If you are having to take time off work due to illness you may be wondering about your rights and responsibilities during your time off sick. Are you entitled to be paid - and if so, how much? - and what information are you required to give your employer? |
Most workers between the ages of 16 and 65 are entitled to Statutory Sick Pay (SSP). Statutory Sick Pay is the minimum amount you must be paid by your employer whilst you are off sick. Your employer is entitled to reclaim any SSP payments from the government. You are entitled to receive SSP for a period of 28 weeks and if you are still unable to work after this period your SSP will stop but you will be able to claim Incapacity Benefit. SSP starts from the fourth consecutive day of your absence from work due to ill health.
Some employers offer their employees Occupational Sick Pay (OSP) and this will be detailed in your contract of employment. It is often the case that you have to have been working for your employer for a certain period of time, i.e. three months, before you are entitled to Occupational Sick Pay. Usually your employer will pay you OSP equivalent to your full-time pay for a certain period, i.e. 6 months, which will then go down to half-pay for a further specified period. Occupational Sick Pay must never be less than SSP but it is down to the discretion of your employer as to whether or not to use the SSP scheme, bearing in mind, again, that they cannot pay you less than what you would be entitled to under that scheme.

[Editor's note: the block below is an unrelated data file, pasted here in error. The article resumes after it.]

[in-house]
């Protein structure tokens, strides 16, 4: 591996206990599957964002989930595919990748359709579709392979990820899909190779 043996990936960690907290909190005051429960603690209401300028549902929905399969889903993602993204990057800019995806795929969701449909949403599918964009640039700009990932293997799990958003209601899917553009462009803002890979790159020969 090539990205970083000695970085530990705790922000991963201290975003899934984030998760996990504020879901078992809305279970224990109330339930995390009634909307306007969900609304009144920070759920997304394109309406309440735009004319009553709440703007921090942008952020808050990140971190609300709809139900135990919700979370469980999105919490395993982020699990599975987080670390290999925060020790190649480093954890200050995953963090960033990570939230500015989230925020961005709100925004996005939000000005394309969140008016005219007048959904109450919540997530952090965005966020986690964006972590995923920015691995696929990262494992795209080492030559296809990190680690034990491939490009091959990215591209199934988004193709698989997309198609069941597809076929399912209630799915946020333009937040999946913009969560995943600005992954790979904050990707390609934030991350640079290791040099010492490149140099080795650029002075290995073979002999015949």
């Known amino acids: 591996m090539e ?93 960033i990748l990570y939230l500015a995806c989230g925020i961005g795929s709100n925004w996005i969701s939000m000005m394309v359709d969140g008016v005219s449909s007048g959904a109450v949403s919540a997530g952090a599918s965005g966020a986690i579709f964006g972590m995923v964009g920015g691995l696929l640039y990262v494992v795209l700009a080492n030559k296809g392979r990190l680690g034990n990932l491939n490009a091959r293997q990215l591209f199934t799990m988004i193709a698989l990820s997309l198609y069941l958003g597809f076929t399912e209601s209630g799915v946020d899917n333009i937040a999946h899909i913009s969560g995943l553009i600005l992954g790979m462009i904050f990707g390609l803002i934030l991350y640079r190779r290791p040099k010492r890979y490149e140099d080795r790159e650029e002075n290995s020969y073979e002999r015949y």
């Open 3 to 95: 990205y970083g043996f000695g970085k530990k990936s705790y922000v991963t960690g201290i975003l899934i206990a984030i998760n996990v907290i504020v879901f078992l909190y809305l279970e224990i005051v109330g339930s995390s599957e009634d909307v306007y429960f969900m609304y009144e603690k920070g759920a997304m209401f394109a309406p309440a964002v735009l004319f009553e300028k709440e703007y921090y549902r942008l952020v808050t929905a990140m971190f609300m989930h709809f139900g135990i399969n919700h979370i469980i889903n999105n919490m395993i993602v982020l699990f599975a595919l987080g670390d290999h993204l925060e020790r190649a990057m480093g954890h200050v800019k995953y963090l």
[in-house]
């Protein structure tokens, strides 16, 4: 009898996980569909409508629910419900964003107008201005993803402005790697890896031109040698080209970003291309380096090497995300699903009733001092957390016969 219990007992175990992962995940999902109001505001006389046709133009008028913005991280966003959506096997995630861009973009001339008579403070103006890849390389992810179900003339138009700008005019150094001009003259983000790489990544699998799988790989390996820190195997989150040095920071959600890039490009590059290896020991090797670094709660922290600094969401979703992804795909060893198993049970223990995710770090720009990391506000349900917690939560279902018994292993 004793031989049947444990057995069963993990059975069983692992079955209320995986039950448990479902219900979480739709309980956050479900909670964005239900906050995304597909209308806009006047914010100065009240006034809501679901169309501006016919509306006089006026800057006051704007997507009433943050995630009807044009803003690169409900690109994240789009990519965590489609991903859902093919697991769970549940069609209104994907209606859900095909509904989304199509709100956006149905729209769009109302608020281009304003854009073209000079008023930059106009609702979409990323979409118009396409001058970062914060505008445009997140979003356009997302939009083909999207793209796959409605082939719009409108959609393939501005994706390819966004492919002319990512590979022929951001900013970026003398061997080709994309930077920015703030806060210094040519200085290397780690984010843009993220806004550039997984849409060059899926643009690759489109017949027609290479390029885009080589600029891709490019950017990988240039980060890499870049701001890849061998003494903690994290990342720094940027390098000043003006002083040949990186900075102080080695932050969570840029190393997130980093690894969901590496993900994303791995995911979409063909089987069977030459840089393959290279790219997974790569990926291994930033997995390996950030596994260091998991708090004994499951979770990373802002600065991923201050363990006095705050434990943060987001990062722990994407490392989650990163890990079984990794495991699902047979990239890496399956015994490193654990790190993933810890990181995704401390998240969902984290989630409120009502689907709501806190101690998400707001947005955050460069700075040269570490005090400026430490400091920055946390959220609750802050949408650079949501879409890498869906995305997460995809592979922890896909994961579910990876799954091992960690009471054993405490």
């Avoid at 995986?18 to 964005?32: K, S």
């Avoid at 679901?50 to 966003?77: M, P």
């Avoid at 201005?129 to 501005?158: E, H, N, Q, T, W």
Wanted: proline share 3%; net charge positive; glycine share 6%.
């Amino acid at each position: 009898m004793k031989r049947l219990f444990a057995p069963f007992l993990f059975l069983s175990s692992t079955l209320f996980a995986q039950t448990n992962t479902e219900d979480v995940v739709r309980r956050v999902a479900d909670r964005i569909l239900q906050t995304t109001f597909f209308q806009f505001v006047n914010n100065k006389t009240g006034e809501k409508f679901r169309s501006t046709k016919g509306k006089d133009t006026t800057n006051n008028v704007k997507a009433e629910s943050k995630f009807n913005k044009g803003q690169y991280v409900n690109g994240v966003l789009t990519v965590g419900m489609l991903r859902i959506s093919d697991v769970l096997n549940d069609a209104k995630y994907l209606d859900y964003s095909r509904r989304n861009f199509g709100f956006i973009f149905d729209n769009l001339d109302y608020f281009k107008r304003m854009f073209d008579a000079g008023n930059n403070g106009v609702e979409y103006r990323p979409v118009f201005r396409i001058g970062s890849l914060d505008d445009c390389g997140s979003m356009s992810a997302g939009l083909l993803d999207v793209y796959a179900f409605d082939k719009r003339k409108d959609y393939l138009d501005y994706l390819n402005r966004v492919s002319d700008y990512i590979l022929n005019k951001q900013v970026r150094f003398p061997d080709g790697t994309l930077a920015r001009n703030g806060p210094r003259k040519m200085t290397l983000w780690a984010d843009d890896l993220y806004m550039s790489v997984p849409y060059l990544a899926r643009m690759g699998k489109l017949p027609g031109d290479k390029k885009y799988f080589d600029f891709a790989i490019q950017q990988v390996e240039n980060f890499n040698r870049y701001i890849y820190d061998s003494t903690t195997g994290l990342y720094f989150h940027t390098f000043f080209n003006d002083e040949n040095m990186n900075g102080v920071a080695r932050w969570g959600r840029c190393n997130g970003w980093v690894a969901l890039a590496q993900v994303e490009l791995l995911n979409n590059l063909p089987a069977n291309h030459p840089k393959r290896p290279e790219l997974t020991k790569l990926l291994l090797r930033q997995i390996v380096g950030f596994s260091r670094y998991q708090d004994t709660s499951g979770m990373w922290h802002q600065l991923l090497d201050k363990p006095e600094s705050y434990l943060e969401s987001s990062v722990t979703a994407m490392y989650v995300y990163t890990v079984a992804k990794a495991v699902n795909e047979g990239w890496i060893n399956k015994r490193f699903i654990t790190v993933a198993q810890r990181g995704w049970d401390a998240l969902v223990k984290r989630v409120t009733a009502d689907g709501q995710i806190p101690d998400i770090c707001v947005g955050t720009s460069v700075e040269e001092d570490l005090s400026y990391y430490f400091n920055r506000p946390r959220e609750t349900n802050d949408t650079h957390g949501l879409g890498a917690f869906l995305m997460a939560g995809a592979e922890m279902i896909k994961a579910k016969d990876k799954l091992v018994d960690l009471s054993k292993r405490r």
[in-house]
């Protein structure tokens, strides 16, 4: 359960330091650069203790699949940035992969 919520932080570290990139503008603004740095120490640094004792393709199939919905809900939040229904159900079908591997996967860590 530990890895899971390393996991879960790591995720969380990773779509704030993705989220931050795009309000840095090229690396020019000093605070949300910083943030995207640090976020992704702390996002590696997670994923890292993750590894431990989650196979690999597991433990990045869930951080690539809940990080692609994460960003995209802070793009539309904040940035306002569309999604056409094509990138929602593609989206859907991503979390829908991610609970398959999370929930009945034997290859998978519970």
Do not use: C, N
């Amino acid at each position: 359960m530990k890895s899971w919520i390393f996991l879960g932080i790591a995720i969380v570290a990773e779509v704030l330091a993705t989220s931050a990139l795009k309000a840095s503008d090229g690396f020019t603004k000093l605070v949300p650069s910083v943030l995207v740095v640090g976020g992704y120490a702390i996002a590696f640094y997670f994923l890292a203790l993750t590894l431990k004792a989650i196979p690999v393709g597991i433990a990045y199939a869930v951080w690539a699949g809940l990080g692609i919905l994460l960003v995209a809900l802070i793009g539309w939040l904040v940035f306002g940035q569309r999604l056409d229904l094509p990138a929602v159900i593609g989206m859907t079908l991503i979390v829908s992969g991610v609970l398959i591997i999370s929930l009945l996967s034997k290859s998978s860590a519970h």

What about your responsibilities to your employer? Your employer may have a particular policy or procedure on sickness absence which will need to be followed. For example, they may require you to notify them by a certain time on the first day of your absence that you are not going to be attending work due to illness. If you are absent for four consecutive days or more you are required by law to complete a SC2 Self Certification form which will provide your employer with details of your illness. After seven days of consecutive absence due to illness your employer is entitled to insist on you obtaining a doctor's certificate (sometimes referred to as a 'medical statement' or 'fit note').
Being absent from work due to illness can be a worrying time, especially if you are likely to be absent for a substantial period of time. It would benefit both you and your employer if you can keep in regular contact with them (or if someone can do this on your behalf) to keep them updated on your condition and the likelihood of you returning to work. This will enable your employer to make provision for your job to be done in your absence and will help you to maintain good relations with your employer.
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